NEW BRUNSWICK, NJ – During Tuesday’s ribbon cutting ceremony, Rutgers University dedicated the New Jersey Institute for Food, Nutrition and Health (IFNH), a university-wide hub for interdisciplinary research whose mission is to make New Jersey the “Healthy State” and a model for the nation.

The nearly 80,000 square foot facility on the university’s George H. Cook campus was made possible by grants from the Robert Wood Johnson Foundation, an anonymous donor and the state’s Building Our Future Bond Act of 2012.

The institute offers nearly 40,000 square feet of research space and approximately 30,000 square feet of community space to facilitate communication and cooperation among scholars who pursue interdisciplinary research; policymakers who apply research to real-world problems associated with food and health; and parents, their children and students whose lives can benefit from wellness programs and health and education activities.

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The ceremony featured Lt. Gov. Kim Guadagno; Rutgers President Robert Barchi; Chancellor Richard L. Edwards; Executive Dean Robert Goodman, School of Environmental and Biological Sciences; institute Director Peter Gillies; and Robin Mockenhaupt, chief of staff, Robert Wood Johnson Foundation.

“In this particular building, you are going to change the model from treatment to wellness,” Lt. Gov. Kim Guadagno told the crowd of Rutgers alumni, faculty, staff and elected NJ state officials. “You’re going to teach us all the value of eating right, of taking care of ourselves, and in the long run, changing the entire healthcare model for not just the state of New Jersey, but the world.”

The IFNH is the home of several specialized centers, including the Center for Lipid Research, the Center for Childhood Nutrition Education and Research, and the Center for Health and Human Performance. The institute also houses the Cook/Douglass Student Health Clinic, which provides professional nutrition counseling services and clinical research space.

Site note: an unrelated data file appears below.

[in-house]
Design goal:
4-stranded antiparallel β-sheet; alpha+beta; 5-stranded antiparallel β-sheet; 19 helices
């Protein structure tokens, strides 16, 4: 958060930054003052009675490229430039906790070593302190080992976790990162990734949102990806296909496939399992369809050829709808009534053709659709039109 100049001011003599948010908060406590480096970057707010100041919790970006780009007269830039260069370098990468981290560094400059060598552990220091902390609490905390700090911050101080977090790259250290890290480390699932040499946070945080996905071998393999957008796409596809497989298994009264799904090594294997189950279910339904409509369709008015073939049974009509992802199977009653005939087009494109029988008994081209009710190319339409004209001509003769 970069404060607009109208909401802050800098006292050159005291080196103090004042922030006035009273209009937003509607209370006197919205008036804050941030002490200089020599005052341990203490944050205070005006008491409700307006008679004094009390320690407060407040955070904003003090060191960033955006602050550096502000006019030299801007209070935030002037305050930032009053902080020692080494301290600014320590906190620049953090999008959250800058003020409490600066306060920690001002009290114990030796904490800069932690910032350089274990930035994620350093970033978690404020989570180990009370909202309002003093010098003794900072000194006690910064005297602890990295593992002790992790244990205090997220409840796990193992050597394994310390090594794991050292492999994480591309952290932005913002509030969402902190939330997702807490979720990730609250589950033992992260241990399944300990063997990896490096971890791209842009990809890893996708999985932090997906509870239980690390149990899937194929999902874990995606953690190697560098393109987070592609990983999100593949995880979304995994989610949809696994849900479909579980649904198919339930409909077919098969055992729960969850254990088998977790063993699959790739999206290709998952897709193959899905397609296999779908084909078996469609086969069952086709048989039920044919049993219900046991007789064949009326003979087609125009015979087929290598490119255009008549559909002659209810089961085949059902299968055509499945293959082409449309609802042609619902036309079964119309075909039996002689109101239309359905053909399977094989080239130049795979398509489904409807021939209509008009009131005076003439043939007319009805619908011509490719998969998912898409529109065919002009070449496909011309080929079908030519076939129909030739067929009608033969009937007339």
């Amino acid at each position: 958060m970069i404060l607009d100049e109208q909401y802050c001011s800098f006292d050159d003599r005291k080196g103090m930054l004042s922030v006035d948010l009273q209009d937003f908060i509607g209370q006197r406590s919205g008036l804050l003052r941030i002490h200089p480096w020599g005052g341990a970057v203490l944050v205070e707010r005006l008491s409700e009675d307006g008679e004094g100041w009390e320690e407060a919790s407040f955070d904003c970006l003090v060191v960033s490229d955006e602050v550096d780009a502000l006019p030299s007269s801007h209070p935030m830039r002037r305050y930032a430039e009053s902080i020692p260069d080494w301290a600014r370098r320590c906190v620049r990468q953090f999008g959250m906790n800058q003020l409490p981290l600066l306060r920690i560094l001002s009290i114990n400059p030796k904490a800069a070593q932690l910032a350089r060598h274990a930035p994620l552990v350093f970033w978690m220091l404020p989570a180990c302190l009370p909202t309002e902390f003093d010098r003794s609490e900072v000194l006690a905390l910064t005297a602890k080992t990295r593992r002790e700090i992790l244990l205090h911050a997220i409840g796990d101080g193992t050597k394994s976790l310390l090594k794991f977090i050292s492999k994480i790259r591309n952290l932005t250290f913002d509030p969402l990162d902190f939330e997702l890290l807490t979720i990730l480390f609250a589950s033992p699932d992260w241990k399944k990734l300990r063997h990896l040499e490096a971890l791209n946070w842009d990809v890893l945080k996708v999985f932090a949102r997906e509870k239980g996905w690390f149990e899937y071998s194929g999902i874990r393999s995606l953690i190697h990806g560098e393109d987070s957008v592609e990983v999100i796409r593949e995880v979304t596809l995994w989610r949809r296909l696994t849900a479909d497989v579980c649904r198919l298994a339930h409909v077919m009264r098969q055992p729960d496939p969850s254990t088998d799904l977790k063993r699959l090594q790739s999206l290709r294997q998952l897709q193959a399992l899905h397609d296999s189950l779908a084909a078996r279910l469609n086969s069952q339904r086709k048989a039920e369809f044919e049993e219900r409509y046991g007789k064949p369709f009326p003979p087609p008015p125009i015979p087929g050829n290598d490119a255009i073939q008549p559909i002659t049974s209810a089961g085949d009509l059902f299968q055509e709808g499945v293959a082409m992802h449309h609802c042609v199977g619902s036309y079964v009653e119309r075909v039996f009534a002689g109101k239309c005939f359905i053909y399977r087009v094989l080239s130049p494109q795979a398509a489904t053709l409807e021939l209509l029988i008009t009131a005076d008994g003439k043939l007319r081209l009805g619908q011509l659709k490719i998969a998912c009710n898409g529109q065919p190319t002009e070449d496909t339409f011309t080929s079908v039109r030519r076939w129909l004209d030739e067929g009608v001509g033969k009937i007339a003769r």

“The Institute for Food, Nutrition and Health has a bright future ahead of it,” said Guadagno. “Today’s dedication of the institute’s new home is but the beginning. Now the real work begins, educating the health and nutrition professionals of tomorrow to make New Jersey a healthier and happier place.”

 “This institute is another example of how Rutgers brings together faculty, staff and students from across the university to demonstrate our extraordinary expertise in the fields of nutrition and health and share it with the people of New Jersey and beyond,” said President Barchi.

Institute Director Peter Gillies added, “I’m very proud of what we’ve built. The institute is an amazing resource not only for the university but for the broader New Jersey community. The basic research and community outreach of the institutes will help build a culture of health in the state.”

The building also features a modular, shared-space laboratory that can accommodate six to eight research groups and includes technical support for the Center for Digestive Health. In addition, there are open offices and designer workstations for 100 faculty, staff and students; a boardroom; and a high-tech, 45-seat video conferencing facility.

Gillies spoke about the IFNH’s innovative design with pride. “We built the whole facility to minimize hierarchy and walls,” he said. “We have no offices in this building, which is remarkable. People just bump into each other in very positive ways, which engenders intellectual collisions.”

About Rutgers University:  Established in 1766, Rutgers, The State University of New Jersey, is America’s eighth oldest institution of higher learning and one of the nation’s premier public research universities, educating more than 67,000 students and serving people throughout New Jersey. Rutgers University-New Brunswick is the only public institution in New Jersey represented in the prestigious Association of American Universities. Rutgers is also a member of the Big Ten Conference and its academic counterpart, the Committee on Institutional Cooperation, a consortium of 15 world-class research universities.